Diagnosed with Young PD News Symptoms and Management


On the day Tom Isaacs’ personal battle with Young Onset Parkinson’s came to an end in summer 2017, more than a dozen young Parkies with their own battles to be fought met in the offices of PUK.
Some were supporters of the main Parkinson’s charity in this country, founded the year after Tom’s birth. Others represented their own charities and organisations. Together we were the members of the Younger Parkinson’s Alliance.

The group was outspoken; it was transparent. While facilitated by PUK; it was clearly owned by those who had the condition. The enthusiasm and positivity of the group was palpable. We had all been here before, as had many young Parkies before us – but this time there was a trustee chairing the meeting… and this time we thought ‘they’ might listen.

We had two further meetings that summer, although – as with lacing up your trainers – all things PD take longer than we would hope. The enthusiasm of the group was sadly not appreciated or managed well by the hosts, the numbers dwindled for many reasons* and even the chair struggled to find availability in her diary.

* The problem with holding a day-time meeting for YOPs – also known as working age PWPs – is that they tend to spend most of their time during the week working. While the current benefits system has such a limited understanding of PD – let alone YOPD – this need to work and earn is unlikely to change any time soon.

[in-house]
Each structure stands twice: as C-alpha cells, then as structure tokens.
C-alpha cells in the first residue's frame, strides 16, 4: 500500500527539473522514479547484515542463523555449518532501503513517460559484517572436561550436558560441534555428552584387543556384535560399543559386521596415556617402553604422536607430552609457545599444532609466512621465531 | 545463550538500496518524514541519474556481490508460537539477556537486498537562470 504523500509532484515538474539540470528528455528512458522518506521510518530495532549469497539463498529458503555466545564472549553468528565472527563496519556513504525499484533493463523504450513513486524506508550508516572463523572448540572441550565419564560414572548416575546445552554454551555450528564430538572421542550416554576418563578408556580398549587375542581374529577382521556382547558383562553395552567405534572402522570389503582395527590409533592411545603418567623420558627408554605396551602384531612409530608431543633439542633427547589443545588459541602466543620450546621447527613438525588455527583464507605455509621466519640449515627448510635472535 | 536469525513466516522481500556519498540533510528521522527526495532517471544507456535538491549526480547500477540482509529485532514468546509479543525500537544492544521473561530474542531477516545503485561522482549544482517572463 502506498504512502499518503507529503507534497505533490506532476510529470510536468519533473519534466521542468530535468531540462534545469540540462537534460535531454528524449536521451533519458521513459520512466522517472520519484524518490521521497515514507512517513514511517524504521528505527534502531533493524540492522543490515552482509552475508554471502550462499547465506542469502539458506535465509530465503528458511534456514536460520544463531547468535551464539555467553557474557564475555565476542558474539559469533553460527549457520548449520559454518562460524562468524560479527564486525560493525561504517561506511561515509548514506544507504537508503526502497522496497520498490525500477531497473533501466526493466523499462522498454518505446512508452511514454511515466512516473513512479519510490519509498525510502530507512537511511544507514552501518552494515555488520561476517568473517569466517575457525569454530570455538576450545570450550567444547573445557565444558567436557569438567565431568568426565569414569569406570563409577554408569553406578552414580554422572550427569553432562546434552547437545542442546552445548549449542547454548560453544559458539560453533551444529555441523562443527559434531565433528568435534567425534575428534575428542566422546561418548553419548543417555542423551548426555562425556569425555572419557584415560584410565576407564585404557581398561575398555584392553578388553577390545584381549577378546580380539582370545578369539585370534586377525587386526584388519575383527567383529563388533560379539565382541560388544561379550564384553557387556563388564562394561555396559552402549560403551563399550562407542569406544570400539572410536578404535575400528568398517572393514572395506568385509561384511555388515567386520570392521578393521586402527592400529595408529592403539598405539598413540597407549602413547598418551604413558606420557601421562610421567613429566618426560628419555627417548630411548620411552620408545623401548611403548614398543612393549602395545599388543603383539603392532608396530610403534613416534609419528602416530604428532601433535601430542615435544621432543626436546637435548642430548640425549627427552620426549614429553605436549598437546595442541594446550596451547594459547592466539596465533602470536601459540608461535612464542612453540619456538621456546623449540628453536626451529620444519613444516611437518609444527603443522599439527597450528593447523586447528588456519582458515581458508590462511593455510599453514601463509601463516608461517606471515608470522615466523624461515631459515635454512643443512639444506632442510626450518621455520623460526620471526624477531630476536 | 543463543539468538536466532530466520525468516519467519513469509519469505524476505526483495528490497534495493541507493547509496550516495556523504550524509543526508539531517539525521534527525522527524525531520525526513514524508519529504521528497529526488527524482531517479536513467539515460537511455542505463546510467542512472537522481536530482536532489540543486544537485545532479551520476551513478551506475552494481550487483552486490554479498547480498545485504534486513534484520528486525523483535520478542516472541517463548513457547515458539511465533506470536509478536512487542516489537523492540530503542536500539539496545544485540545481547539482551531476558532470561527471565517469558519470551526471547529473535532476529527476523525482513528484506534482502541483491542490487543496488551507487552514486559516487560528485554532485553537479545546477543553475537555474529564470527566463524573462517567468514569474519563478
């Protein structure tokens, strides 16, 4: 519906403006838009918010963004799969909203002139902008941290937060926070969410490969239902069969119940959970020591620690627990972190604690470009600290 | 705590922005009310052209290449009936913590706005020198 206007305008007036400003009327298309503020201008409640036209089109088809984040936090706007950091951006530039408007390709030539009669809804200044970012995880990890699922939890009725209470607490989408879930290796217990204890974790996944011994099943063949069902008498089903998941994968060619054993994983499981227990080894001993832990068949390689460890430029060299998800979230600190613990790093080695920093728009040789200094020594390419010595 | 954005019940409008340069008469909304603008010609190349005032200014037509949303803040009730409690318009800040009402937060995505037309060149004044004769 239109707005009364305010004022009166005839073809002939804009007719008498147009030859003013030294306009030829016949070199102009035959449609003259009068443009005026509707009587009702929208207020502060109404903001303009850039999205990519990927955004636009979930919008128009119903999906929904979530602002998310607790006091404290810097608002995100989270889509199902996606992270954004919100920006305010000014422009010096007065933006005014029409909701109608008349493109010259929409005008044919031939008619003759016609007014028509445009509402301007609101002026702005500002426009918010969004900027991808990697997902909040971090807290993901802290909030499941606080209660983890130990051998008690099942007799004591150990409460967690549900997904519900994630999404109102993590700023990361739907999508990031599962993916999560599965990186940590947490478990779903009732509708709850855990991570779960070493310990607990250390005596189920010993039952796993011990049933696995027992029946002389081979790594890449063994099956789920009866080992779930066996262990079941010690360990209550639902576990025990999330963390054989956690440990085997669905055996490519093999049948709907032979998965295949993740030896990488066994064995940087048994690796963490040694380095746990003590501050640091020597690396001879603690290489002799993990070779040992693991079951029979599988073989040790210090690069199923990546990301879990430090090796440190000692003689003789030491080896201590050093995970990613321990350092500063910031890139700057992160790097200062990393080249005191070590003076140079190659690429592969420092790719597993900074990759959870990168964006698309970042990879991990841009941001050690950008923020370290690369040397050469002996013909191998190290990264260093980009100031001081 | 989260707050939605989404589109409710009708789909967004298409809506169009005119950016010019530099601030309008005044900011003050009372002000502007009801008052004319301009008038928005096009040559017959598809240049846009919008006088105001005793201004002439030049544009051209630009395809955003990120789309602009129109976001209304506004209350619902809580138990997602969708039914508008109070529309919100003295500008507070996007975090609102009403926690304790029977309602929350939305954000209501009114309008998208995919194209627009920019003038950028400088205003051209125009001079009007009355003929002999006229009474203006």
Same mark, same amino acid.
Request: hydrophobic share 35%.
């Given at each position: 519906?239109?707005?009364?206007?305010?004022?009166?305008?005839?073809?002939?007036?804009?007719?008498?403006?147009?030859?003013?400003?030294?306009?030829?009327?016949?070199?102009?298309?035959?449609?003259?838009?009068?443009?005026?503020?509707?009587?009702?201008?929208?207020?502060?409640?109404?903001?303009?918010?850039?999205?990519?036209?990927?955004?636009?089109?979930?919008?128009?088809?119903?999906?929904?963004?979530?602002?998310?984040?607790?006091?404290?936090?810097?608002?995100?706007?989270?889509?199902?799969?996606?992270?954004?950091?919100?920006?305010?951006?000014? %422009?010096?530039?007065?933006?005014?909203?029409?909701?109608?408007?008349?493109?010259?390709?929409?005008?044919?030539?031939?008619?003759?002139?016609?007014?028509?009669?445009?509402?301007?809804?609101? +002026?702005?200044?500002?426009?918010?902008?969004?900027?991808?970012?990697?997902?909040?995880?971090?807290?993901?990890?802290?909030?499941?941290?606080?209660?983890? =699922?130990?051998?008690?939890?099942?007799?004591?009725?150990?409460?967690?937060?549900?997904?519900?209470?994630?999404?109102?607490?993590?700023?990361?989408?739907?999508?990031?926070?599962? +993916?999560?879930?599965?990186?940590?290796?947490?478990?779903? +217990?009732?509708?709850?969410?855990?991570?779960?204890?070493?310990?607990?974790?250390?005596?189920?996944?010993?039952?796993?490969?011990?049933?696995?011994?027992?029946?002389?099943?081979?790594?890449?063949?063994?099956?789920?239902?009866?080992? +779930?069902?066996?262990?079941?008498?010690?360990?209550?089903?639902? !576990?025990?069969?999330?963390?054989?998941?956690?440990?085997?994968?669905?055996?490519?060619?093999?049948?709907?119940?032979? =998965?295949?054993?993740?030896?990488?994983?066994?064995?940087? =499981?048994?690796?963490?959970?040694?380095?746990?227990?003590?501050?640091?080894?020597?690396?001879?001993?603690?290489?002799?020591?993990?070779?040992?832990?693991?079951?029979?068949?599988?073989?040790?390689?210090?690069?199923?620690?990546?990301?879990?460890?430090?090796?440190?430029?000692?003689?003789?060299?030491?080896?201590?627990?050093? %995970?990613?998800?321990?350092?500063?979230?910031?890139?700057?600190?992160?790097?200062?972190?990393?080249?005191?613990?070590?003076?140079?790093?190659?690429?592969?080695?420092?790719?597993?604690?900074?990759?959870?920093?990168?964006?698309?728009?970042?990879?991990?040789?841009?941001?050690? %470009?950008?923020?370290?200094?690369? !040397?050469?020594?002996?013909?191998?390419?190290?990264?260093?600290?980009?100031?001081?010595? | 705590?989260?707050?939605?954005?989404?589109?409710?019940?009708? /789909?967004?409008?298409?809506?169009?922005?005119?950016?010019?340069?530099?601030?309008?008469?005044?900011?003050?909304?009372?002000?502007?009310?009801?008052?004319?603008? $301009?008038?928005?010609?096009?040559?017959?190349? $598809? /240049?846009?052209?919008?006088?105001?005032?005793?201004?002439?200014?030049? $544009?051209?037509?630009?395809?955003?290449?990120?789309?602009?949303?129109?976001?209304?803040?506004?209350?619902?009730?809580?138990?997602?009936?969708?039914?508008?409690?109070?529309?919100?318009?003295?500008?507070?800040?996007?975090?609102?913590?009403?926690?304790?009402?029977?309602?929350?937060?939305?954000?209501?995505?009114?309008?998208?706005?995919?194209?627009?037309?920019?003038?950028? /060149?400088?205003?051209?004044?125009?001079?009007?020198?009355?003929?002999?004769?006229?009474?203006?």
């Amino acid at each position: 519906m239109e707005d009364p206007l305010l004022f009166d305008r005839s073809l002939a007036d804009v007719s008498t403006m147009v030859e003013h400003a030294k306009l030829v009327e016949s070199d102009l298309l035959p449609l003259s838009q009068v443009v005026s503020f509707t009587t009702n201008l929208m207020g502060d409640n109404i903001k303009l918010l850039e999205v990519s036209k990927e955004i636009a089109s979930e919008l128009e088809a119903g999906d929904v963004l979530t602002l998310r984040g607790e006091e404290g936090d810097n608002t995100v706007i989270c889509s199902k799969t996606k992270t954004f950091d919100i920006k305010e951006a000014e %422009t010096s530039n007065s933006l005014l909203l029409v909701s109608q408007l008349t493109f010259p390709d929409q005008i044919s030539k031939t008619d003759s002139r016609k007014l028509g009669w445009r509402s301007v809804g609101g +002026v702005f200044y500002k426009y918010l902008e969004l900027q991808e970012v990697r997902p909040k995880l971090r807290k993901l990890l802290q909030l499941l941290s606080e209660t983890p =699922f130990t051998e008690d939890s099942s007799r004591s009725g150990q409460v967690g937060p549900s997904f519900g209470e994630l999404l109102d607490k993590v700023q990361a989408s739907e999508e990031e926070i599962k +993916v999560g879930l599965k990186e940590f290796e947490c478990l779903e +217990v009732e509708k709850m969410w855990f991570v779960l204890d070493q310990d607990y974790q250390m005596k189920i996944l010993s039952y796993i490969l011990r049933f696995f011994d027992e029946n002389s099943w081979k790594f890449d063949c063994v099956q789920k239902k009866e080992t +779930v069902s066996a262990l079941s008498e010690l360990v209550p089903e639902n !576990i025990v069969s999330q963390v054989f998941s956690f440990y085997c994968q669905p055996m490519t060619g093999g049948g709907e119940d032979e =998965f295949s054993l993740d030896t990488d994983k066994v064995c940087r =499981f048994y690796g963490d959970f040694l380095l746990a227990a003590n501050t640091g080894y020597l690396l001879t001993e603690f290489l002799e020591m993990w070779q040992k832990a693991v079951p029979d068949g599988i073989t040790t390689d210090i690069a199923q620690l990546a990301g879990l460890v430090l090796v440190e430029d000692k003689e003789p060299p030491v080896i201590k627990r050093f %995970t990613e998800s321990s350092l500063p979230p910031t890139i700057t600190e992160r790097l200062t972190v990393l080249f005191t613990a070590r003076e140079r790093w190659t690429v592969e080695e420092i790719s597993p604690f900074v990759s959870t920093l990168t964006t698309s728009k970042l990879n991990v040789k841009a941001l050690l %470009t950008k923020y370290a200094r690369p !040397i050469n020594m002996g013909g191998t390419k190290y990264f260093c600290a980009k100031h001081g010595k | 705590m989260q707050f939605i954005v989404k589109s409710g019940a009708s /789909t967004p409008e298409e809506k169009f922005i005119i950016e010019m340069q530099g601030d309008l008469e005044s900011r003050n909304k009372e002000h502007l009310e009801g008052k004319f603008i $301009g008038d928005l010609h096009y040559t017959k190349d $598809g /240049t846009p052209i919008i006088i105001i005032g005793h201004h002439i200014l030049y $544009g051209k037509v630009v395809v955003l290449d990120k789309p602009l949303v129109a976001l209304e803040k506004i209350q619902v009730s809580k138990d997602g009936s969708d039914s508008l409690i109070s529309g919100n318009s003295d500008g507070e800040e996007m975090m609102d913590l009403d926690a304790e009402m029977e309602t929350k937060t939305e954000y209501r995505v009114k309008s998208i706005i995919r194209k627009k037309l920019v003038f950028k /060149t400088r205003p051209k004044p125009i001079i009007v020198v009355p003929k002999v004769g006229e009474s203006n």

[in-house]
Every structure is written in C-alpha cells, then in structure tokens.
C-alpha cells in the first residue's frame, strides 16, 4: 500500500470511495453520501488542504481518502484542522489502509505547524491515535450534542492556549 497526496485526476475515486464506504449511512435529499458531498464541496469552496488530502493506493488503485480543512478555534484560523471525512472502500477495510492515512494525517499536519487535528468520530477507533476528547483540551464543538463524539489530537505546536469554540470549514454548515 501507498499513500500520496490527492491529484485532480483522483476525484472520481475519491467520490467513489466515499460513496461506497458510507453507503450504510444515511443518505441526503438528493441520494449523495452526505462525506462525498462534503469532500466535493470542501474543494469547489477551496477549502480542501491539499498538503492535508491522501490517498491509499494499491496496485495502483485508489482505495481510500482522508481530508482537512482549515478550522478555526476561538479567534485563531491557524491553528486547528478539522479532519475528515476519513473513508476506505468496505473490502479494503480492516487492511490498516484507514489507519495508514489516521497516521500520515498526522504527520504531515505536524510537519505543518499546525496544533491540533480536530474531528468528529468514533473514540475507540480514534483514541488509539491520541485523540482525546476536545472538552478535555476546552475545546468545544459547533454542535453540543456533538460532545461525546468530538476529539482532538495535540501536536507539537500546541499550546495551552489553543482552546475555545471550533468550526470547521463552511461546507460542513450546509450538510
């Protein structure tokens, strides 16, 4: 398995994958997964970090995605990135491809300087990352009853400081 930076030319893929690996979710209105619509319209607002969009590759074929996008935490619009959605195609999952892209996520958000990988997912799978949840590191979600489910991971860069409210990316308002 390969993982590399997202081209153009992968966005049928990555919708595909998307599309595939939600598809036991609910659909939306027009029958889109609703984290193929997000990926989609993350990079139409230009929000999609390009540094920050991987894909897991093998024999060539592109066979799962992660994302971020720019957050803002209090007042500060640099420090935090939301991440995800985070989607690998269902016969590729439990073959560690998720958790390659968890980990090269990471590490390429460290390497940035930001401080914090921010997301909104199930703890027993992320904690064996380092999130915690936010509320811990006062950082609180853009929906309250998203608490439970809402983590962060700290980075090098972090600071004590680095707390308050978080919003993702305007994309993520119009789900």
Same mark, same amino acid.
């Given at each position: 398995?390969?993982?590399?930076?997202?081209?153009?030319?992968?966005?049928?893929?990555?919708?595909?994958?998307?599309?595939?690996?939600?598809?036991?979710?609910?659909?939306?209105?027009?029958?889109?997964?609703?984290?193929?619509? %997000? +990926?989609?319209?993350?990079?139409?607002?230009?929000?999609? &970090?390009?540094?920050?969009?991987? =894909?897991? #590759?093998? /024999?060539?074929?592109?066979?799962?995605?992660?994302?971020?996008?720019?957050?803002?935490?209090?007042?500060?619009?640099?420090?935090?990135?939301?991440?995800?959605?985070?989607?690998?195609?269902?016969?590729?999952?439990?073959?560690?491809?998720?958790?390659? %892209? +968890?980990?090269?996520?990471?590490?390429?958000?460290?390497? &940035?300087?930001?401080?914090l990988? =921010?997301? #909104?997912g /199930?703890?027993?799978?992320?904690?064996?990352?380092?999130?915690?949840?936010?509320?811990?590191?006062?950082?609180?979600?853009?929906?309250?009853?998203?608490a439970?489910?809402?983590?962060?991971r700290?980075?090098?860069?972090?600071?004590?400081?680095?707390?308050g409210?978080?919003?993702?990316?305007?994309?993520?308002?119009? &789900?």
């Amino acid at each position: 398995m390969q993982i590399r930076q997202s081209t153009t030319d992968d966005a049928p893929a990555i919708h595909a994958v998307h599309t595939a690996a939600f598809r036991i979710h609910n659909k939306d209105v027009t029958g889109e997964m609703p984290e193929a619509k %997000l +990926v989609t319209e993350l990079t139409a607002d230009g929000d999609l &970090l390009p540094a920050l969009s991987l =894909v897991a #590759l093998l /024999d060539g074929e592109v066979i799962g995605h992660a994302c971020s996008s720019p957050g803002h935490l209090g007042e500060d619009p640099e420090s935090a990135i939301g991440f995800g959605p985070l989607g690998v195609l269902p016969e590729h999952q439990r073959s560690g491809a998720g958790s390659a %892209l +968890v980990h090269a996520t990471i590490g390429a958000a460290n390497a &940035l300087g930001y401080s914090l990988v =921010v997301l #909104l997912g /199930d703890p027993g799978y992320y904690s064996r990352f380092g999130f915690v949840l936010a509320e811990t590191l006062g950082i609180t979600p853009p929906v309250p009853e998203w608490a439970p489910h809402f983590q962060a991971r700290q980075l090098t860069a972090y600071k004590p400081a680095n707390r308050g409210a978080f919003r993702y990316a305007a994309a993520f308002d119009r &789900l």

Among the diminishing group there’s still lots of talk of ‘working together’ and every so often there is a glimmer of hope and even a minor breakthrough. Perhaps there’s now an understanding of a previous misunderstanding… We don’t need to gather together under a charity brand – PUK, CPT, Spotlight – we already have a brand. It’s simply YOPD. Dig out your diagnosis letter, if it says ‘Young Onset Parkinson’s Disease’ you have automatic membership.

Interesting that often neurologists specify a ‘Young Onset’ diagnosis and yet we’ve all been led to believe it’s the same condition as traditional aged PD. We’re told that everyone’s PD is different and promptly lumped in with everyone else. In many instances your YOPD diagnosis gets you an appointment with a general Neurologist, not a PD specialist, and often a Geriatrician. How does that sit with people in their 30s? Probably as comfortably as they sit among their fellow patients in the waiting room, all several decades older. Spot the YOPD ‘square peg’ sitting uncomfortably in a ’round hole’ – and it’s not just the pain of dystonia.

We know YOPD has its own challenges with us in the prime of our stressful lives, bringing up kids, climbing the career ladder and so on. We know we have 30 or so years to live with the condition. We know sooner or later the oral medication will stop working and we’ll have to look to advanced therapies.

And then – one day, suddenly, Google delivers a credible document that says YOPD really is different: “The predominant initial motor symptoms include rigidity and painful cramps which may be followed by tremor, bradykinesia, gait complaints and falls. Compared to PD, there is a lower risk of developing falls and freezing of gait but a higher risk of dystonia, motor fluctuations, and levodopa induced dyskinesia (LID).